boxes stacked in a room what is inventory shrinkage

You’ve got inventory management down to a science. You gather data and analyze the trends, but inventory shrinkage always seems to be an obstacle. So, what is it about inventory shrink that confounds your efforts? For starters, most of shrink is caused by theft—many types of theft—and retailers hate it.

Defining Inventory Shrink

Shrink cost the retail industry $46.8 billion last year. Of this, 66% is due to theft by shoplifting, employees, and vendor fraud. It’s hard enough these days for specialty retailers to compete with national chains and big box stores. Adding inventory shrink to the mix just creates another layer that takes away from your sales and affects your bottom line.

Inventory shrinkage is a general term, one that touches upon many aspects of your business:

Inventory Shrinkage

The loss of inventory due to theft, damage, recording errors, and obsolescence. Shrinkage is often discovered after a physical count of products has been conducted. The amount is the difference between the physical counts and the ones on the books.

Another way to calculate retail shrinkage is through this basic formula:

Retail Shrink = Optimal value of merchandise – Income from merchandise

Using this formula is easier to perform on a regular basis. Plus, it will point out some glaring changes with your inventory loss if the shrink is significant. Just be aware that this formula is too general, covering all of your inventory, and does not find the culprits. It just tells you that there is one.

Discovering exactly what causes your inventory shrinkage is a complicated task. Once it’s found, you’ll need to do some investigating.

Time to Investigate

You need to follow the trail of lost goods to understand what’s causing it. Again, this starts with a physical count of your inventory. Once the problem items are found, you need to go deeper into the evidence, like a good detective, and answer the following questions:

  • Does this product sell?
  • Where is it located in the warehouse and store?
  • Who handled stocking the product?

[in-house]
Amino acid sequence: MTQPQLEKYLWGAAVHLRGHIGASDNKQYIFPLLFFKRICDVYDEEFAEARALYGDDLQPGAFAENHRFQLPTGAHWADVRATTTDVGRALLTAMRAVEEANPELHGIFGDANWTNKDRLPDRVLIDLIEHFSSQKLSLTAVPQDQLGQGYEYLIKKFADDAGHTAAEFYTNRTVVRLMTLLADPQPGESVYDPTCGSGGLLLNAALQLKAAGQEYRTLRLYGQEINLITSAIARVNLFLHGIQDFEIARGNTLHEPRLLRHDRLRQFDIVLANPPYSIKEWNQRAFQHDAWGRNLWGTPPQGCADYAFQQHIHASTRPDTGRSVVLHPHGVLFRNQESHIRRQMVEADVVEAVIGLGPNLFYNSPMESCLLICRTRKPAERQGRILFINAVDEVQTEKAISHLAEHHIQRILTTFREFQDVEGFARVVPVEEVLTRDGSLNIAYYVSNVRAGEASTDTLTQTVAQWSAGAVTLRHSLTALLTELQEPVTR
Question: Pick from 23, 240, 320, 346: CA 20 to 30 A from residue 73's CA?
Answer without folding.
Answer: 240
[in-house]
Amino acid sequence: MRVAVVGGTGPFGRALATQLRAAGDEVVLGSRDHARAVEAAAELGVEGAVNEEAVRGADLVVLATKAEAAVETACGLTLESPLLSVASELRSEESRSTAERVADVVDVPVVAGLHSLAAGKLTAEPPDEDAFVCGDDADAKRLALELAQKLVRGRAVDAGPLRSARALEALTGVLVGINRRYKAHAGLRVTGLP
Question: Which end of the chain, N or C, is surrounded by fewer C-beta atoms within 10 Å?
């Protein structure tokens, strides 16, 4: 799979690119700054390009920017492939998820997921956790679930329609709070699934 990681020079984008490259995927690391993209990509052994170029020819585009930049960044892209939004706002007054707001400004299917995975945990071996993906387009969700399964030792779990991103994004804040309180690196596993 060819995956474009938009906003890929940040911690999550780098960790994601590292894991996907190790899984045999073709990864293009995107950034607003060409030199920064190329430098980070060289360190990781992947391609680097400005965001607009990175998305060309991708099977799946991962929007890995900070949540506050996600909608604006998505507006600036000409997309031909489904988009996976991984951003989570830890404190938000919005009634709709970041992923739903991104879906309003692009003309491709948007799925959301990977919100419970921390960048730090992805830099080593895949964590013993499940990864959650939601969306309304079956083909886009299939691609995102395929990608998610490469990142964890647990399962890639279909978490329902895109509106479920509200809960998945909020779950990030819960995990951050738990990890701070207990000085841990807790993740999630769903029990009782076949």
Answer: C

• Which vendor did it come from?
  • Is all of the information properly entered in the point of sale?
  • Was it recorded in the “Damage Log?”

The answers to these questions should give you a clearer idea of what’s happening and why. For example, if a product isn’t selling, then it needs to go. Or, if the product is near the entrance of the store and has no damage reported, then there’s a good chance it’s shoplifting.

Employee theft also accounts for 1/3 of inventory shrink. This one is hard to find, unless you catch them in the act. You need to be able to trust your employees, so it’s also one of the toughest to address.

Almost 20% of all inventory shrinkage is due to administrative errors. Surprisingly, errors still occur even with automated point of sale and inventory management systems in place. If you have a manual system, then you may find that more than 20% of your inventory shrink is due to errors.

Prevention Is the Key

When inventory shrinkage cuts significantly into your sales, you need a plan on how you’re going to prevent it. Investing in store surveillance equipment can be expensive, but it may give you a chance to spot any thieves. This goes for employees, too. The goal is to take a long look at how you can manage your inventory to minimize shrinkage and reduce your losses.

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